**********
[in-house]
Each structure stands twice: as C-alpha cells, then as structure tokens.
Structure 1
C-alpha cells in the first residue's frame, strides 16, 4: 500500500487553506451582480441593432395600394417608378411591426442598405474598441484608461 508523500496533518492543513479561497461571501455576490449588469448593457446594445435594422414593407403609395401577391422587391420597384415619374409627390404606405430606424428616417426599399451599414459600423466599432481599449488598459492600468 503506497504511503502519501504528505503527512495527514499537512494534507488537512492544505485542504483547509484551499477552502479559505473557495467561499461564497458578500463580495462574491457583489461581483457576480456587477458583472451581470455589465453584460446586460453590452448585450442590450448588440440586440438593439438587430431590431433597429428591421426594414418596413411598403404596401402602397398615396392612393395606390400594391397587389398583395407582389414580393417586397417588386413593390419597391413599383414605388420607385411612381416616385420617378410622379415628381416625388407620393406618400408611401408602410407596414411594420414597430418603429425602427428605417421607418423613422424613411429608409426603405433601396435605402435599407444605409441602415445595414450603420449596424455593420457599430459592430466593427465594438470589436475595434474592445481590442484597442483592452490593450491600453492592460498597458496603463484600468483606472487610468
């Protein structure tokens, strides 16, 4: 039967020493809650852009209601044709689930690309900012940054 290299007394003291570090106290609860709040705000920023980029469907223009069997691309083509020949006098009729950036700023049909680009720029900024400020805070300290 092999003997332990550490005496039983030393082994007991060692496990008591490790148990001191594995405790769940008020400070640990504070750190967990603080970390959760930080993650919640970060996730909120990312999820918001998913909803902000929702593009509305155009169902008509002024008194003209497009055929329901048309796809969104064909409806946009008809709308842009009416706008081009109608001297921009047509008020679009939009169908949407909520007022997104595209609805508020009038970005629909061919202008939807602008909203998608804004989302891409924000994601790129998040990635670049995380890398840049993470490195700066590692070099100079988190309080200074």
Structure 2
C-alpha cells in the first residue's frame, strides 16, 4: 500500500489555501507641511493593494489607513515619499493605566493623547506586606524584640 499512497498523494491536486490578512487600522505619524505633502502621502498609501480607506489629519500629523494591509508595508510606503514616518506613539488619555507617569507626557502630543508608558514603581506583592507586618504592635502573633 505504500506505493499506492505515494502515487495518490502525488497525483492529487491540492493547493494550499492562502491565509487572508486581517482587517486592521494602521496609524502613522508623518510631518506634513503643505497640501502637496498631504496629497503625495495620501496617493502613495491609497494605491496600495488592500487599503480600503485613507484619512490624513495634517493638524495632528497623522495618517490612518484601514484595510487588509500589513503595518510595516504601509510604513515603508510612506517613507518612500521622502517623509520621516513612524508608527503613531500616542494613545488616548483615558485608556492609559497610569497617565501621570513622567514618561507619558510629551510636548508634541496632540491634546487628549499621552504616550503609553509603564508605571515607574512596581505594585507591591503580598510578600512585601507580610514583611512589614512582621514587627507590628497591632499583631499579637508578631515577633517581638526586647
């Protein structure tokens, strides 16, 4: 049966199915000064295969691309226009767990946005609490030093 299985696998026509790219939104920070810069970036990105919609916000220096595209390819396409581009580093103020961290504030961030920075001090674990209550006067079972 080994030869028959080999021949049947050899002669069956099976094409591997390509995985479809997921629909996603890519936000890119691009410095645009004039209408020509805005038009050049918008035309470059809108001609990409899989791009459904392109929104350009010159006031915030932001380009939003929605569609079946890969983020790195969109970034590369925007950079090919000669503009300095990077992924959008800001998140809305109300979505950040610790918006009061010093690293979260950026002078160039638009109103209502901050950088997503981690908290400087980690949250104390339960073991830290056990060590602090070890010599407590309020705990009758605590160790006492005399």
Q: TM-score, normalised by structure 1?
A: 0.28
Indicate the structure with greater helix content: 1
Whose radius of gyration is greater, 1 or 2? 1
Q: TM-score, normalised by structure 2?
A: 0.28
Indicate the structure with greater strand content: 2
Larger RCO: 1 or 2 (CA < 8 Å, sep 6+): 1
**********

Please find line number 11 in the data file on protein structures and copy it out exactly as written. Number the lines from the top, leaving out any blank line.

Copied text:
Indicate the structure with greater helix content: 1